From Bourbon Street and Mardi Gras to the Ninth Ward

With the recent Superbowl win, New Orleans this February felt like a phoenix rising. Mardi Gras on February 16th, 2010 was electric and extra celebratory. The feeling in the air was buoyant and alive. The crowds were densely packed, often jumping in unison to catch those famous multi-colored beads tossed unceasingly from those beautiful, inventive and elaborately crafted floats. The hard drum beat from the numerous marching bands kept people moving. When the parades were over, the crowds filtered en masse into the French Quarter. And there people with their fanciful costumes, rubbed shoulders with tourists and other locals. The line for Cafe du Monde stretched down the street, everyone craving those warm doughy beignets caked in powdered sugar. As the day progressed, the bars got increasingly busy, and the revelers rowdier and wilder.
Floats from Mardi Gras 2010

For the few days, I was in New Orleans, I visited the French Quarter daily. I love the music that echoes through the streets, the architecture and the galleries. We indulged and sampled the best restaurants in the French Quarter and every night, they were overflowing with patrons. It was wonderful to see a New Orleans so full of life, so vibrant. So different from the images I saw on the news in August 2005 when Hurricane Katrina hit.
Images from Mardi Gras 2010

Musicians and a tap dancer in the French Quarter

This was my second visit to New Orleans. The first was in 2003. It is such an incredible city. The rich melding of so many cultures and influences. And perhaps if I had just stayed in the French Quarter this time, I would have easily assumed that New Orleans was back on track, that everything was rebuilt and back to normal. But that would be far from the truth.

New Orleans is still struggling with this new normal. When you wander outside the French Quarter, signs of the devastation from Hurricane Katrina are still visible. A constant and painful reminder of what was lost.
Empty lots and destroyed empty homes - Rebuilding New Orleans still has a ways to go

When Hurricane Katrina hit, the French Quarter was not as badly affected because it stands on higher ground. The areas that were hit the hardest lay 6 to 12 feet below sea level. And when the high winds violently blew and flood walls failed, huge sections of New Orleans was submerged under stagnant water for weeks. The water became all the more toxic over time as gasoline and car fluids and other chemicals from home appliances bled into the water. Some houses, civic centers, schools, grocery stores, commercial spaces, hospitals continue to rot with mold. What I learned this time during my visit that I had not realized before, but seems so obvious, was that so many of the buildings that were affected by the hurricane had to be gutted and upgraded before inhabitants could move back in.
Abandoned homes in the 9th ward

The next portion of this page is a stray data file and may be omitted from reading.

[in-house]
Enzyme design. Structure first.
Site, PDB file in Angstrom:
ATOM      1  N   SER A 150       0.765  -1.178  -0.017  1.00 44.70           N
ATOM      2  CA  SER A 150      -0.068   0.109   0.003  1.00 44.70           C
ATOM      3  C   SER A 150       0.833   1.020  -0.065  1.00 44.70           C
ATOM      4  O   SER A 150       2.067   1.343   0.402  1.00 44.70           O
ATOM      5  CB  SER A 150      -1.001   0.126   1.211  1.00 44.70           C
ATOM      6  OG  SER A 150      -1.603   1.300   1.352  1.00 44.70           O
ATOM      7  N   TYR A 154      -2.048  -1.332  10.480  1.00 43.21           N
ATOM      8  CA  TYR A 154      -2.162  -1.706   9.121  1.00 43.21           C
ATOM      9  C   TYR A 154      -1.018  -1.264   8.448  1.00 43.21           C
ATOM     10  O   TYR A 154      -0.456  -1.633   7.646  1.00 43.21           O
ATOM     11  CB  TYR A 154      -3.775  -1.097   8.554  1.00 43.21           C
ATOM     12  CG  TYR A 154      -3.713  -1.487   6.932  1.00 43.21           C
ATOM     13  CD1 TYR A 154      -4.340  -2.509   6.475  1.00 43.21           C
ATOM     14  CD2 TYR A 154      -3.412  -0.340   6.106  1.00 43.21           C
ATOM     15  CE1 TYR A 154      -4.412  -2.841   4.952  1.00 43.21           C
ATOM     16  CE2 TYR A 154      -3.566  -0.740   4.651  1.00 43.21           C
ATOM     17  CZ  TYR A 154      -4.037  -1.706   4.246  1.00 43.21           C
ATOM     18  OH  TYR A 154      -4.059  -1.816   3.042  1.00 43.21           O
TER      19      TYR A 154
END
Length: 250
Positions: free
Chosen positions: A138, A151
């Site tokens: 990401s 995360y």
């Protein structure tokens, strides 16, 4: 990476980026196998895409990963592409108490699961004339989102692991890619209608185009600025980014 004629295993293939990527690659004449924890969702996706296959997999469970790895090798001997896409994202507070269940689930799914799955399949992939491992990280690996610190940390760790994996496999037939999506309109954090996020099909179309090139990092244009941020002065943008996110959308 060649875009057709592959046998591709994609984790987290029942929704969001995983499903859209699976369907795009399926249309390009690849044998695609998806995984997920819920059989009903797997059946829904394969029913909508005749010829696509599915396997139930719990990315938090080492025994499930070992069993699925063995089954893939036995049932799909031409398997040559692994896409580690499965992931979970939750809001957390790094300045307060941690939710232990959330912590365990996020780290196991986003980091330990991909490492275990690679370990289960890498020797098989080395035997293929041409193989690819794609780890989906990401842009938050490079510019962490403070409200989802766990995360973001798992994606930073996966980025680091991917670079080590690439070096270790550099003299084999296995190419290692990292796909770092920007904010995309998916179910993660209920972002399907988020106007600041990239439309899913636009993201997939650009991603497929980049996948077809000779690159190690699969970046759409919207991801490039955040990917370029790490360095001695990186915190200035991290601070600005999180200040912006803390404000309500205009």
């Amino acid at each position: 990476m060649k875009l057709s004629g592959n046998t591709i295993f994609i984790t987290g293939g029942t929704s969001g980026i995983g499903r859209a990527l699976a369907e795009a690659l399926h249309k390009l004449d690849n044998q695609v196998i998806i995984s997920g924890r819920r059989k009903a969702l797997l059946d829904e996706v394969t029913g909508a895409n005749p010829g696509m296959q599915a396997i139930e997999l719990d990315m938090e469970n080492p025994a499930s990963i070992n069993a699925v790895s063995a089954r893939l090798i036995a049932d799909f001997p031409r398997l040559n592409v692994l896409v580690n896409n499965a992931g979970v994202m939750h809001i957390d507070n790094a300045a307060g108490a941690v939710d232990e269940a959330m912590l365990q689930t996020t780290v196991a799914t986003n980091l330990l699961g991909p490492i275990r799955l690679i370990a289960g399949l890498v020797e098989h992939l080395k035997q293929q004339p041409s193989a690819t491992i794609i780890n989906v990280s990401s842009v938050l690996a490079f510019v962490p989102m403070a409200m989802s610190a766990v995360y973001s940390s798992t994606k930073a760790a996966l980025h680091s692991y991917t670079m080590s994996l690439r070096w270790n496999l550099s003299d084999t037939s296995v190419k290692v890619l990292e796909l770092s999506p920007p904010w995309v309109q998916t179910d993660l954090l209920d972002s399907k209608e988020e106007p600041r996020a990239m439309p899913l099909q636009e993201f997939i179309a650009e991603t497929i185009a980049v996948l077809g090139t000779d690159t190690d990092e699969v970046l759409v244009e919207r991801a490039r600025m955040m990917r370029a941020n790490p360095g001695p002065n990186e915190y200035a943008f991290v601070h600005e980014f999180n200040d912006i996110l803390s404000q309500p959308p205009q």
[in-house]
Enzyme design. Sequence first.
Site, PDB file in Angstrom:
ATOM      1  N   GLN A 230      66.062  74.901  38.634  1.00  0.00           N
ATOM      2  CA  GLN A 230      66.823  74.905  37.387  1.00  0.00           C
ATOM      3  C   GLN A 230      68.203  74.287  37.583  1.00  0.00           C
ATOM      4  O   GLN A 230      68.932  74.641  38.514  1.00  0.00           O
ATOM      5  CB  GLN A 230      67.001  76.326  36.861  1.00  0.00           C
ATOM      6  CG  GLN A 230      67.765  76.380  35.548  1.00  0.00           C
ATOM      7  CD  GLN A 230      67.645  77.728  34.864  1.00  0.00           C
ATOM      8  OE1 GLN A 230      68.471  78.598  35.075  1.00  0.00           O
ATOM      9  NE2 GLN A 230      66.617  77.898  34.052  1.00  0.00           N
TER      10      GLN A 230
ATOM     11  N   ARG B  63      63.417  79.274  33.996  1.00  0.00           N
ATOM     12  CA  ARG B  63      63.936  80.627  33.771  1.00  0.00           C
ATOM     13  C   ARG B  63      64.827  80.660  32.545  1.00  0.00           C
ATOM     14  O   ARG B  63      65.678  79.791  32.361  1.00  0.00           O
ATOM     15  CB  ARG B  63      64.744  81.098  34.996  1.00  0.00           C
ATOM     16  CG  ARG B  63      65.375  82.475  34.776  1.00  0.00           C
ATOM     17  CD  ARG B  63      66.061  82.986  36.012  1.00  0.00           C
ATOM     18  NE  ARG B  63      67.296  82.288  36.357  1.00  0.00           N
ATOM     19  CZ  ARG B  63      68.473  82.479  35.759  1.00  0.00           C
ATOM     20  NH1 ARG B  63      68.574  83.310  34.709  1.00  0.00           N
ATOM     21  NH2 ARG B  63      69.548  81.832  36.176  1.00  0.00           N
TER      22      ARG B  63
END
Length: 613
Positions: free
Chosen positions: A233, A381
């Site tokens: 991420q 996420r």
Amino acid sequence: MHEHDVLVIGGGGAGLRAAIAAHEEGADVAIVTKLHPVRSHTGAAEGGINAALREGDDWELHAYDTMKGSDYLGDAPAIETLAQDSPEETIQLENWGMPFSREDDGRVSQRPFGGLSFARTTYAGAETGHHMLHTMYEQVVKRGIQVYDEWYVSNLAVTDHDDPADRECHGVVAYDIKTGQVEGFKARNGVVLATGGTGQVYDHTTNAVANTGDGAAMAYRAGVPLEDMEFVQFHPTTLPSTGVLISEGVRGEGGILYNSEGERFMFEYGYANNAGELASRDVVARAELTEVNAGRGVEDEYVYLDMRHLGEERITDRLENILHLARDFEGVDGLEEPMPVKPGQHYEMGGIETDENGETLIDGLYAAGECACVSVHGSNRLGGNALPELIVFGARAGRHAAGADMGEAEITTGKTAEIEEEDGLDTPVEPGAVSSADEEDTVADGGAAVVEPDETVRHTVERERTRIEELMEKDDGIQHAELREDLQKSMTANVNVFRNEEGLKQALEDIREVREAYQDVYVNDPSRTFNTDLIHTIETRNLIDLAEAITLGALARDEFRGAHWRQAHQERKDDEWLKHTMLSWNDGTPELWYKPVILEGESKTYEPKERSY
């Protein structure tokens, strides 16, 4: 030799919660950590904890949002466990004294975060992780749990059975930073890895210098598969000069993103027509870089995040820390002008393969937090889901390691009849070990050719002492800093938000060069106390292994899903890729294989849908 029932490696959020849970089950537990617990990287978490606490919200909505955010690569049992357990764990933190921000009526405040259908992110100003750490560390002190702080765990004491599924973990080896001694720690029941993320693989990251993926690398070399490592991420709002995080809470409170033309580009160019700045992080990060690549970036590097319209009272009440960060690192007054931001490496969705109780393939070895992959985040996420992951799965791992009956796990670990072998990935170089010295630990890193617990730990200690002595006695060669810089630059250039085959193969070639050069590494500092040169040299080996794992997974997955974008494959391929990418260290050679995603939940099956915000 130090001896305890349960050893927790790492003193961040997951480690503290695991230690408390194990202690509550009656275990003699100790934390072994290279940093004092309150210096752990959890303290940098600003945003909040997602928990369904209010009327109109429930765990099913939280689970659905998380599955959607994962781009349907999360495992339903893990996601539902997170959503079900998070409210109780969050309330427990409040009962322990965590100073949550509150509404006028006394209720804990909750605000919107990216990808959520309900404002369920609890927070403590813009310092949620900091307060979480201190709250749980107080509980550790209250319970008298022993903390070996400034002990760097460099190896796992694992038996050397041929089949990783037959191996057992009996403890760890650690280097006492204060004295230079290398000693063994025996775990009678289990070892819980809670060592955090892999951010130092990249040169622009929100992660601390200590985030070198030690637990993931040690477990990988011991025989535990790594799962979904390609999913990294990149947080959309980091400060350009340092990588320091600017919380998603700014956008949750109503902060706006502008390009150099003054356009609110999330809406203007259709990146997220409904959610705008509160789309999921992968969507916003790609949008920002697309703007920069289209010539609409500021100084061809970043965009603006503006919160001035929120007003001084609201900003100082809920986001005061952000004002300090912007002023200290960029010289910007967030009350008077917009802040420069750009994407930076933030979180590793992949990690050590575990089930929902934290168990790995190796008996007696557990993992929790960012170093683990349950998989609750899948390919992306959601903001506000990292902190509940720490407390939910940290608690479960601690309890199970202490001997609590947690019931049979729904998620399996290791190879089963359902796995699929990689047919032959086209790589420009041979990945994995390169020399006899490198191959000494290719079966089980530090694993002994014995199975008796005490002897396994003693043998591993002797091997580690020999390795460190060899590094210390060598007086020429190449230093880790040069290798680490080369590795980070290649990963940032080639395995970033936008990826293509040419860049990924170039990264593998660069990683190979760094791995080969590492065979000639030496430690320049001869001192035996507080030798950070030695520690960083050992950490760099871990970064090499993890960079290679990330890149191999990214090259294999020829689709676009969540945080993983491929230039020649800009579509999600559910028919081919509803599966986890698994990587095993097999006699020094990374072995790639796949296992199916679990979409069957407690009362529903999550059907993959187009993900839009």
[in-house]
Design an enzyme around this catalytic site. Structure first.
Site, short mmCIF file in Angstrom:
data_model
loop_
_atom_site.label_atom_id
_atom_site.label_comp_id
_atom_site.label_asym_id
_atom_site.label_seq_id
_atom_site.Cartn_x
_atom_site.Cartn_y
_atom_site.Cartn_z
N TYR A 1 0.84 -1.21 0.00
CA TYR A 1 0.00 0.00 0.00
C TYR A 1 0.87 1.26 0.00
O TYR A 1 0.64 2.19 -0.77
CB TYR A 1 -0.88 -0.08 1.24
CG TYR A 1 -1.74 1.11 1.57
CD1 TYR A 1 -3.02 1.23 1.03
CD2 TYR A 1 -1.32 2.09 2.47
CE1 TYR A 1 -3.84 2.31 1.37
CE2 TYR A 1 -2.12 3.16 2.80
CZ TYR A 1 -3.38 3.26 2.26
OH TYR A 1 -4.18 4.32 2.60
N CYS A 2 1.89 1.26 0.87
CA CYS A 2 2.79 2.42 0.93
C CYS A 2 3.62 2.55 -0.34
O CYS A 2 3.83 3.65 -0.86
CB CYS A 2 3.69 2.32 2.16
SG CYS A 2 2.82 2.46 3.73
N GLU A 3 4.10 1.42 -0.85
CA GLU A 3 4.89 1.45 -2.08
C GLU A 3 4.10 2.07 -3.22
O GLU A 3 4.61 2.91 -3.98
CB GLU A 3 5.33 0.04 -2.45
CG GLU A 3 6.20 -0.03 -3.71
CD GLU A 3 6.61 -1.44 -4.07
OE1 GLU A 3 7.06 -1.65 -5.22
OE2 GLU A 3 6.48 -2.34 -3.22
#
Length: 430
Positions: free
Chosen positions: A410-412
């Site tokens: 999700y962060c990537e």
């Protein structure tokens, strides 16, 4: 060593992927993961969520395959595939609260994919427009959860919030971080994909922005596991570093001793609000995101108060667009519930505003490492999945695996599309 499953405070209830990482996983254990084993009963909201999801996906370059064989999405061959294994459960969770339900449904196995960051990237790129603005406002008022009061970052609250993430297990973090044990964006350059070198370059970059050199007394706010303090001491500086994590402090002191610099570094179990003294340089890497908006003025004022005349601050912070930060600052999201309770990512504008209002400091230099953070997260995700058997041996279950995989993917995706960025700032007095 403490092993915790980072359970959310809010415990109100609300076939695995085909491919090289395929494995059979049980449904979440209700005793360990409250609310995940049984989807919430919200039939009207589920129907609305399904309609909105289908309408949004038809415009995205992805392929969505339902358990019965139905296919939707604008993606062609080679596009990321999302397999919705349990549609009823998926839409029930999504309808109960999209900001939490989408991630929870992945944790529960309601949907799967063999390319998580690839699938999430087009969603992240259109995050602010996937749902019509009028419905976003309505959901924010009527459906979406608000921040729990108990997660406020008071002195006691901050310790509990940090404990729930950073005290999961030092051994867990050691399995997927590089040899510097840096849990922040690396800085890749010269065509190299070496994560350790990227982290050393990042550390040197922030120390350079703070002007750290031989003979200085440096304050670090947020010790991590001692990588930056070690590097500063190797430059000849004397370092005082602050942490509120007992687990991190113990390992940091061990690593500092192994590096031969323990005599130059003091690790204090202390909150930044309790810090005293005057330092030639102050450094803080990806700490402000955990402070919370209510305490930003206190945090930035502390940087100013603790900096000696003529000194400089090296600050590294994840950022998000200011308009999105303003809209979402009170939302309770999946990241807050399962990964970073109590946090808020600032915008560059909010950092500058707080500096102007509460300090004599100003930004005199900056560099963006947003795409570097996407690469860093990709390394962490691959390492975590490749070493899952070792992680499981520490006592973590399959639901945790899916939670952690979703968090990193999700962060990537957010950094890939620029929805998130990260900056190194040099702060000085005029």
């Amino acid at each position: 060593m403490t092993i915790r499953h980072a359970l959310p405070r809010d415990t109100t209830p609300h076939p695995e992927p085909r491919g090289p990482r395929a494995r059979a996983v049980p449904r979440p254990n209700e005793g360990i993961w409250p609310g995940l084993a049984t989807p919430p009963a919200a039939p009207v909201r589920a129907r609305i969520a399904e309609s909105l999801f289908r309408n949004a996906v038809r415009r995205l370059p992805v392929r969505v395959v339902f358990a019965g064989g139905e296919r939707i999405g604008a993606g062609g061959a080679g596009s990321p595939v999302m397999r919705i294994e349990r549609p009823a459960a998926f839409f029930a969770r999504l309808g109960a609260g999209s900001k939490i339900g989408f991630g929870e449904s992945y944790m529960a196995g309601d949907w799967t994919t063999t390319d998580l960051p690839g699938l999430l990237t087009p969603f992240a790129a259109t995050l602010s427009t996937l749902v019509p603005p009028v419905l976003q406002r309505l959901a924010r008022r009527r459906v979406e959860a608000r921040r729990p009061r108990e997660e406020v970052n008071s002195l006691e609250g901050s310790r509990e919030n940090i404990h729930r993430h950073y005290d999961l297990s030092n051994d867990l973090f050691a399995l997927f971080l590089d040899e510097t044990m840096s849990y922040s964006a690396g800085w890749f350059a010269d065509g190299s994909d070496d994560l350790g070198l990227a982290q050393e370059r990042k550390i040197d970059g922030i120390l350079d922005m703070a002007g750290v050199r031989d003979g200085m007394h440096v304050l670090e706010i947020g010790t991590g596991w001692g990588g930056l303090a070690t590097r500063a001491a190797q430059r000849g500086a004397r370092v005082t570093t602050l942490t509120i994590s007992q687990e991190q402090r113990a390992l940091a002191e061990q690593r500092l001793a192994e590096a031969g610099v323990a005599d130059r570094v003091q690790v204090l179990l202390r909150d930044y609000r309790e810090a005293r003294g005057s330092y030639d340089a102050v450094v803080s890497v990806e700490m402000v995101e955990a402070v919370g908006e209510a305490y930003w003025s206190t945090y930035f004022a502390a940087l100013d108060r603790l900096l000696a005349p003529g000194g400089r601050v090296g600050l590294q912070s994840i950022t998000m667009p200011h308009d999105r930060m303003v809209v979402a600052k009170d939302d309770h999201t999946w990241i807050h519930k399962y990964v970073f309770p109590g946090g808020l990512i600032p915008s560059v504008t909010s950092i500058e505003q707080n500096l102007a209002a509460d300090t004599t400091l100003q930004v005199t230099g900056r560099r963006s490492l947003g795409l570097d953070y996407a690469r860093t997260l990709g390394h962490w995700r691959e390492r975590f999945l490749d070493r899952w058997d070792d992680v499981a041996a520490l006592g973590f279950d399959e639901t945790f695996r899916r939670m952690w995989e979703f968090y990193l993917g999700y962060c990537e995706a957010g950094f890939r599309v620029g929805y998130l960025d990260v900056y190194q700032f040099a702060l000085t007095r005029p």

It has thus required a tremendous investment - financial and emotional, patience and a steel will to overcome this disaster. There were a couple counties that were completely destroyed. New Orleans had 9 hospitals pre-Katrina, now they have 5. There are school buildings that are still dormant, sealed and silent. Grocery stores are fewer and further apart. How do you live in a city that can no longer provide you with healthcare or your daily necessities? Many national businesses, have still not returned. They are holding out to see how the reconstruction plays out, before they recommit. Strip malls lay empty and abandoned. I was told that local businesses are fighting to re-open, to revive their communities. But then often times finding the old employees to run the businesses is also a challenge as New Orleans has lost a significant number of their population - who just could not return.
Strip malls that still lay dormant four and a half years later

For residents of the more impoverished Ninth Ward, Upper and Lower, the area that was perhaps the hardest hit from Katrina as they were flooded from multiple sources, rebuilding continues to be struggle in spite of the assistance from Habitat for Humanity and numerous celebrities including Brad Pitt, Harry Connick Jr. and Branford Marsalis.

Yes, New Orleans is still hurting despite valiant efforts to rebuild and recover. For a brief moment in time, Mardi Gras reminded us all of the joie de vivre that once was and still is so prevalent in this city. There is a spirit you find in cities that have experienced the worst that humanity can bare. There is just that extra passion for life, that extra appreciation for what you have got and that extra love for those people dear to you. I went to New Orleans to see in part what had happened four and half years after Hurricane Katrina and perhaps to see how I could help. While I left with a twinge of sadness, that one feels when you see someone you care about hurt, I did not however, expect to leave feeling so enriched with life lessons of perseverance, gratitude, and overcoming what seems to be insurmountable difficulties.

Beads that caught in the electrical wires

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